Canada’s wildlife are in trouble, WWF-Canada’s new study finds

Canada’s wildlife are in trouble, and those that are declining are suffering deep losses, our new Living Planet Report Canada shows.
Half of monitored vertebrate wildlife species in the study suffered population declines on average, according to the report. Of those, the average decline is 83 per cent since 1970.
In order to stop this terrible wildlife loss, we need to act now: Individually; in our communities; at work; and through our governments.

  • Mammal populations dropped 43 per cent.
  • Amphibian and reptile populations dropped 34 per cent.
  • Fish populations declined by 20 per cent.
    • Atlantic marine fish populations declined by 38 per cent.
    • In Lake Ontario alone, between 1992 and 2014, fish populations declined on average by 32 per cent.
  • Birds: While some groups of birds are showing signs of recovery and strength, others aren’t faring as well. Canada’s Living Planet Index found that, on average between 1970 and 2014
    • Monitored populations of grassland birds dropped 69 per cent,
    • Aerial insectivores fell 51 per cent, and
    • Shorebird populations declined by 43 per cent.

Beluga, St Lawrence River
St. Lawrence belugas were designated at-risk in 2005, but legal protection was delayed until 2016. Nick Caloyianis. National Geographic Creative / WWF-Canada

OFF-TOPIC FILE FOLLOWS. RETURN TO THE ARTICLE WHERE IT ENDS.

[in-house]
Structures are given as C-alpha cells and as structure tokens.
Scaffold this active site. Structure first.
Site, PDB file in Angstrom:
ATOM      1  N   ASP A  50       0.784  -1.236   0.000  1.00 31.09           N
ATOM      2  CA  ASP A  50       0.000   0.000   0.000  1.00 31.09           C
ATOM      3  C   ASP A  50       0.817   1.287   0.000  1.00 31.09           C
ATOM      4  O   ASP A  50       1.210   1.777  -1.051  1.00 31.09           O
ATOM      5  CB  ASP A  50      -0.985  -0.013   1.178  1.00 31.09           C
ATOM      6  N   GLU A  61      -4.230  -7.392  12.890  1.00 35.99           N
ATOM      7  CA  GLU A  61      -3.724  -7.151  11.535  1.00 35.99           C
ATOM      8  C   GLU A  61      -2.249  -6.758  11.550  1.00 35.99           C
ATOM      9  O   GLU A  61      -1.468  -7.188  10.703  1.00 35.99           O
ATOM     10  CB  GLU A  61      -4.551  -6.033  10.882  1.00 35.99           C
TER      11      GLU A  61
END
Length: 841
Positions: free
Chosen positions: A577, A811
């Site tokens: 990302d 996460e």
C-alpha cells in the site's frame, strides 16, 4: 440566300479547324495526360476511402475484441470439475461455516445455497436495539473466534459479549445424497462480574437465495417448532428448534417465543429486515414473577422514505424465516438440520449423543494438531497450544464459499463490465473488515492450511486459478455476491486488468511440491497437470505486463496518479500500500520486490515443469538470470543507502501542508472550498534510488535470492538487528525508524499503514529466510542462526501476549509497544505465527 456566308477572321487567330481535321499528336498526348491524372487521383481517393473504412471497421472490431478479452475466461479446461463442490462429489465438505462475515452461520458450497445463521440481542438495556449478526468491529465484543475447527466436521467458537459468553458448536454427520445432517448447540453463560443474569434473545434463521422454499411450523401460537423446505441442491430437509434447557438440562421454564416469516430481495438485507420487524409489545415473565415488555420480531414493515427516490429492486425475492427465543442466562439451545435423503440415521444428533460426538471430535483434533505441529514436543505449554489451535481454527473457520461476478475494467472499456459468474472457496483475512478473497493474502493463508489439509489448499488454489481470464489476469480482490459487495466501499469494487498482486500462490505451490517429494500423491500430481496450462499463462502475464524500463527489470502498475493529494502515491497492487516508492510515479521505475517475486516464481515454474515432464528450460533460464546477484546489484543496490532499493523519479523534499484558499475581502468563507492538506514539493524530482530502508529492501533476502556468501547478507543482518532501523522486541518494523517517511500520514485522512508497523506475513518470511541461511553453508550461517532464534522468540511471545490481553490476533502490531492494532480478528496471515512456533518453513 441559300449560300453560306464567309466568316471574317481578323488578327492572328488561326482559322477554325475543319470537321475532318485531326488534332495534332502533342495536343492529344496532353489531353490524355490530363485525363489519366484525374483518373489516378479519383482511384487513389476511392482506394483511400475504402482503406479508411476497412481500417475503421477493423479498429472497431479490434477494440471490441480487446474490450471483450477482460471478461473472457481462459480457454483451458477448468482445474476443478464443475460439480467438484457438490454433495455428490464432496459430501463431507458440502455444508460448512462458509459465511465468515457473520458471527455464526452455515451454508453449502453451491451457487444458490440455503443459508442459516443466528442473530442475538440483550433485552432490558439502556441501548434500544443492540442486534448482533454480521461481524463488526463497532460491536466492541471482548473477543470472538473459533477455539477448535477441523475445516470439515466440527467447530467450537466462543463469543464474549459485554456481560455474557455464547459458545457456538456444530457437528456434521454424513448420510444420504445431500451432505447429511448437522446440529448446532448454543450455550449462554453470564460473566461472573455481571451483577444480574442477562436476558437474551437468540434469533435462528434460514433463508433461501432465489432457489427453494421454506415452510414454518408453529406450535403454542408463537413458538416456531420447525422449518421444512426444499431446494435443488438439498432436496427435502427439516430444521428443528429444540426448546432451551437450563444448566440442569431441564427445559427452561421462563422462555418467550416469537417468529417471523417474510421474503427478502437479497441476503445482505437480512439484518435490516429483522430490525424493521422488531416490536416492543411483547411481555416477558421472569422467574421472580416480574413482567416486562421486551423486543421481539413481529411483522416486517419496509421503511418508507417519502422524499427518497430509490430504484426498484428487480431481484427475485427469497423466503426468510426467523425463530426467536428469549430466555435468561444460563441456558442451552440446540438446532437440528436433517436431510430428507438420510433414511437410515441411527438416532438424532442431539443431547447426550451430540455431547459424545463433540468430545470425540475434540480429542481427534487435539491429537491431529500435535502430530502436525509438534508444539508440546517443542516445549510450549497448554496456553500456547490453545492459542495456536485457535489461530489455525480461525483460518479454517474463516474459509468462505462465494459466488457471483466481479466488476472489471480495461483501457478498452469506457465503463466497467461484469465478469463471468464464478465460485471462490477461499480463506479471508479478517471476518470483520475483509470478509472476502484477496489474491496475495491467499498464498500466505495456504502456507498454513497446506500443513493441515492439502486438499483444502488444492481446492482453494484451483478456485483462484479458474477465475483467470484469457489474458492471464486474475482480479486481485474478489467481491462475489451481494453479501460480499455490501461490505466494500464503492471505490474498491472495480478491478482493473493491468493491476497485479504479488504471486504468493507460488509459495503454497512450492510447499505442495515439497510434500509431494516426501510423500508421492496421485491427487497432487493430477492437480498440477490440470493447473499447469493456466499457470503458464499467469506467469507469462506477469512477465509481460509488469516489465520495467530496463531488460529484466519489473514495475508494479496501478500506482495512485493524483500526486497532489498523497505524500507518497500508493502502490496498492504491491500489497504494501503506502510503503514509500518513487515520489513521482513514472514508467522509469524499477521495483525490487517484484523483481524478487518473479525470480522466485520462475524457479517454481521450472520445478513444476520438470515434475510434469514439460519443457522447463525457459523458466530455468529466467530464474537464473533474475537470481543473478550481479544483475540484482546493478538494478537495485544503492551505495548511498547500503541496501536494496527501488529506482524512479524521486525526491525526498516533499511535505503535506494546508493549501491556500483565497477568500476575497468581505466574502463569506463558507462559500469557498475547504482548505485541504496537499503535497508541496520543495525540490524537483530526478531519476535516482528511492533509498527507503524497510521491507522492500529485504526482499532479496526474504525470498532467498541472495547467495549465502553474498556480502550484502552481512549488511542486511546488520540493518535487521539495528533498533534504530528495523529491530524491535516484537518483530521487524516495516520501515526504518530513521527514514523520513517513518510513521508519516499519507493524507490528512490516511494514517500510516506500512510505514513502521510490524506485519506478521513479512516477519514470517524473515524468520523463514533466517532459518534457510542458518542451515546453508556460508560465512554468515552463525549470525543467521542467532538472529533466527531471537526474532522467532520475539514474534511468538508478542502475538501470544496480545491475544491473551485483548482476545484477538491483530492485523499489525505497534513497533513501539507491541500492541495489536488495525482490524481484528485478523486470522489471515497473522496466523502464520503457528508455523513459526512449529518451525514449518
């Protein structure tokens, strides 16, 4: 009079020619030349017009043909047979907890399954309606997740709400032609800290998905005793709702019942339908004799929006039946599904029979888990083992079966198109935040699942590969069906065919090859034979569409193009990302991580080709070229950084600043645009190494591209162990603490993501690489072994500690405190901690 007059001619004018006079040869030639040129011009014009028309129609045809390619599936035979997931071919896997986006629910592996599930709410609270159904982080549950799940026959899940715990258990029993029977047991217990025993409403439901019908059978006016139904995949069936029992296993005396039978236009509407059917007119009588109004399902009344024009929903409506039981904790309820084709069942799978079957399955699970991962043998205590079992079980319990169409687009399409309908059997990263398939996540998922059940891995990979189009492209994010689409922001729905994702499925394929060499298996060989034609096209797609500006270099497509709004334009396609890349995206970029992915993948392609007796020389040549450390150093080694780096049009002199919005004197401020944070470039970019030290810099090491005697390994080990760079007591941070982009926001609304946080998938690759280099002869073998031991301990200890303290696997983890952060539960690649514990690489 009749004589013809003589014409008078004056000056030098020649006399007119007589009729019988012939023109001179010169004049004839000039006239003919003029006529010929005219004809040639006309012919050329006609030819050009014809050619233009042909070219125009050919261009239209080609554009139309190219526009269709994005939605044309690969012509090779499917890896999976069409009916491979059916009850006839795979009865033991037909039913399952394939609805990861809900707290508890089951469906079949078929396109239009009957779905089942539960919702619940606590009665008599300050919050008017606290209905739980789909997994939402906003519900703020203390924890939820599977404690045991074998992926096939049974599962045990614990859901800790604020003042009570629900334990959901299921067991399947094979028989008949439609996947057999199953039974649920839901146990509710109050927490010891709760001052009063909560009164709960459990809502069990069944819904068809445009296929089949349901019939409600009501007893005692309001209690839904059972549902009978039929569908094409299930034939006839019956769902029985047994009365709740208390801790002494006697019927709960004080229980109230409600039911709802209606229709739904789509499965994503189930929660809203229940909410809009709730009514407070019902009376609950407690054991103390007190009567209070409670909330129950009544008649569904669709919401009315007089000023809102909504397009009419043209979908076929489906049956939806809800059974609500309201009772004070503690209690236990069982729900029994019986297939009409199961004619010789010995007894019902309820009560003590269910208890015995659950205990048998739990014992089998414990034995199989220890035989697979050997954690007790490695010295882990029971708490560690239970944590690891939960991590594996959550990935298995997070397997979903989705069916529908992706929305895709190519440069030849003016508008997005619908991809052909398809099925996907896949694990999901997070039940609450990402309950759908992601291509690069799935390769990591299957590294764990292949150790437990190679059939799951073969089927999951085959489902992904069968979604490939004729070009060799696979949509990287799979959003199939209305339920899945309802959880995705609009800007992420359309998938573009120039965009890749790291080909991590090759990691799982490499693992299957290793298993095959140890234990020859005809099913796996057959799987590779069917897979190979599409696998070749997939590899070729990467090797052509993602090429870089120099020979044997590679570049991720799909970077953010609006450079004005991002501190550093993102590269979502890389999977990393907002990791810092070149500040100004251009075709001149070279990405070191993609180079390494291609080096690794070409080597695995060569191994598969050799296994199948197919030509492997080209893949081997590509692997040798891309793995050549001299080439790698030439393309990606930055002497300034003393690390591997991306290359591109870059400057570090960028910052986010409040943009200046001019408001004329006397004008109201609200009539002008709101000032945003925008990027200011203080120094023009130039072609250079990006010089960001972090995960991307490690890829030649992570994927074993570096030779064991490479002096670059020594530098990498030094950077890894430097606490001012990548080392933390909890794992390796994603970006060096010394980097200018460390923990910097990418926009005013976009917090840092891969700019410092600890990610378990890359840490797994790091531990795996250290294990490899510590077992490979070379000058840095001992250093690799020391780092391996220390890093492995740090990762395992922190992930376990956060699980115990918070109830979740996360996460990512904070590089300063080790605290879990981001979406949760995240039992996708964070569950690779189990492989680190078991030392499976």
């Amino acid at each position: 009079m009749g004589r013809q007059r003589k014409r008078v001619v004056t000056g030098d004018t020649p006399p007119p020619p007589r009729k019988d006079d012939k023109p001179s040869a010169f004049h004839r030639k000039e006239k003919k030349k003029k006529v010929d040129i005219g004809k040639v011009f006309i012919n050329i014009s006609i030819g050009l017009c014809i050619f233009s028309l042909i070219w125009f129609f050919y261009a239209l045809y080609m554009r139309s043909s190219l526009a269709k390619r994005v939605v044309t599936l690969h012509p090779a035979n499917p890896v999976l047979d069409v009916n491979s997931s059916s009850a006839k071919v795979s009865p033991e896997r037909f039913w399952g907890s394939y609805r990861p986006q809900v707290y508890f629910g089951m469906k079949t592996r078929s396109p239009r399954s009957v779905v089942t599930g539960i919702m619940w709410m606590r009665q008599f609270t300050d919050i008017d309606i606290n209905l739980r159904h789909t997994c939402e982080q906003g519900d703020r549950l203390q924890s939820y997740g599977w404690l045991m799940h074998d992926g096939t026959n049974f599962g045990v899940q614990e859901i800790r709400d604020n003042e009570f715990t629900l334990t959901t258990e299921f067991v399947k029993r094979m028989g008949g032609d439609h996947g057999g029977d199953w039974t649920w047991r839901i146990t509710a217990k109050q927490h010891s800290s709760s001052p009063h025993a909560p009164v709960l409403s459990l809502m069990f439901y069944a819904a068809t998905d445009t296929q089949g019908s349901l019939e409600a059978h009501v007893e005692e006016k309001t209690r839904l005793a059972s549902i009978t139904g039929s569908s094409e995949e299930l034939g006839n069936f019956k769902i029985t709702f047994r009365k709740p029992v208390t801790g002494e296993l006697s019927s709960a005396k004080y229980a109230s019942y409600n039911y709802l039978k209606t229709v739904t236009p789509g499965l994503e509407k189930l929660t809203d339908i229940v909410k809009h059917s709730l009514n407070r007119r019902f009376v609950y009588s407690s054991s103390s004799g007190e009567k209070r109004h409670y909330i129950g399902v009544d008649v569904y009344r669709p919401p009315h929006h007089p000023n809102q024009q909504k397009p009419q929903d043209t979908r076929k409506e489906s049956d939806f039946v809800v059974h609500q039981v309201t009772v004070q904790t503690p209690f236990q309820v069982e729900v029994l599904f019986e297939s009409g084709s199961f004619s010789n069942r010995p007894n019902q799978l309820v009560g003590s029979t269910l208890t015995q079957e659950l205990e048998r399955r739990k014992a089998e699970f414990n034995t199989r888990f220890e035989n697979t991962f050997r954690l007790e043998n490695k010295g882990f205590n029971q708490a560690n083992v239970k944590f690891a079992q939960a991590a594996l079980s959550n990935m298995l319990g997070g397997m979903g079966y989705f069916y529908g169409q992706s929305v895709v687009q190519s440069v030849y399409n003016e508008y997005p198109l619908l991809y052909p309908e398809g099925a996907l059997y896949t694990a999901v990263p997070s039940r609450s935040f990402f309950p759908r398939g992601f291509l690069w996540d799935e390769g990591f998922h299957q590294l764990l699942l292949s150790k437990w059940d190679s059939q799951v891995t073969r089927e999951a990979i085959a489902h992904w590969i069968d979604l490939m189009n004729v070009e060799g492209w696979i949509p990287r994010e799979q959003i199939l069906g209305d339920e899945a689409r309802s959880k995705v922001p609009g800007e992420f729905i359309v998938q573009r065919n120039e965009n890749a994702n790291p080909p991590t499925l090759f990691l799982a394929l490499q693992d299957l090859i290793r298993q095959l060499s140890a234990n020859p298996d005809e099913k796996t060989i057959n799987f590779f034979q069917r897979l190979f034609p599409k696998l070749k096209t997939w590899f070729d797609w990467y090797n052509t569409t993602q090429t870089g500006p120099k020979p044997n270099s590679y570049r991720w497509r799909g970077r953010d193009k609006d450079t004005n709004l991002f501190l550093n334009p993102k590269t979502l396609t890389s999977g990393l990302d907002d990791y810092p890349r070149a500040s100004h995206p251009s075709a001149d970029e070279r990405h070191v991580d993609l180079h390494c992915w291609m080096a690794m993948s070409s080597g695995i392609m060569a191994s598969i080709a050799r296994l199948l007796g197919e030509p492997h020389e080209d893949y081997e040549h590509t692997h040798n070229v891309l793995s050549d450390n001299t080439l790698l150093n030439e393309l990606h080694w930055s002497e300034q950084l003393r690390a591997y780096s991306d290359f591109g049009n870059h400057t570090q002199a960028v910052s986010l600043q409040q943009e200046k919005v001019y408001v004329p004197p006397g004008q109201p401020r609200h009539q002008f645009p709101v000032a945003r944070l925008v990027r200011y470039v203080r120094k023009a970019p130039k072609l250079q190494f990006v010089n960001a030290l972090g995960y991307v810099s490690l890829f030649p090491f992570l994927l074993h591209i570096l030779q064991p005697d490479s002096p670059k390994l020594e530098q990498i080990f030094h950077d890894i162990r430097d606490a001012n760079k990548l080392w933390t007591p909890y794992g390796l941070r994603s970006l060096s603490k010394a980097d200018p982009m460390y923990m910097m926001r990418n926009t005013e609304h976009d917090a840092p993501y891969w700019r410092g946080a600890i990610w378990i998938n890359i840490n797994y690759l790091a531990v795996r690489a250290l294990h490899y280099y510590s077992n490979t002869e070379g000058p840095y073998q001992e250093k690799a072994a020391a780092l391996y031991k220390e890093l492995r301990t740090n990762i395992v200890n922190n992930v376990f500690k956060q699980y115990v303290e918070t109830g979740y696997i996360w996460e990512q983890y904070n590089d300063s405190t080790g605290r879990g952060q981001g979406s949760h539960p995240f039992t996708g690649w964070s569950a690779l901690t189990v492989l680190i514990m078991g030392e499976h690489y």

Species at risk
The picture for Canada’s federally protected species at risk is also deeply worrisome.

  • Since 2002, when the Species at Risk Act became law, until 2014, federally listed at-risk wildlife populations declined by 28 per cent.
  • Worse, even with protections, the rate of decline for protected at-risk wildlife appears to have increased from 2002 to 2014 to 2.7 per cent per year, compared with 1.7 per cent per year in the period 1970 to 2002.

Half the monitored species in our study are either stable or faring well. As we’ve seen, particularly with raptors and waterfowl, efforts to protect species and their habitats have been beneficial. The science shows that we have the power to make a difference – to stop and even reverse wildlife loss.
We need to ensure wildlife populations don’t get to the at-risk point in the first place. This is a challenge we can all embrace.
Whether it’s an individual planting native species and adopting a low-carbon lifestyle, industry incorporating ecological impact into decision-making while shrinking their footprint, communities making tough land-use decisions and reducing greenhouse gas emissions, or the federal government fully implementing and improving the Species at Risk Act to make it more effective — collectively, we can stop wildlife loss.

Living Planet Report Canada is generously supported by the Patrick and Barbara Keenan Foundation.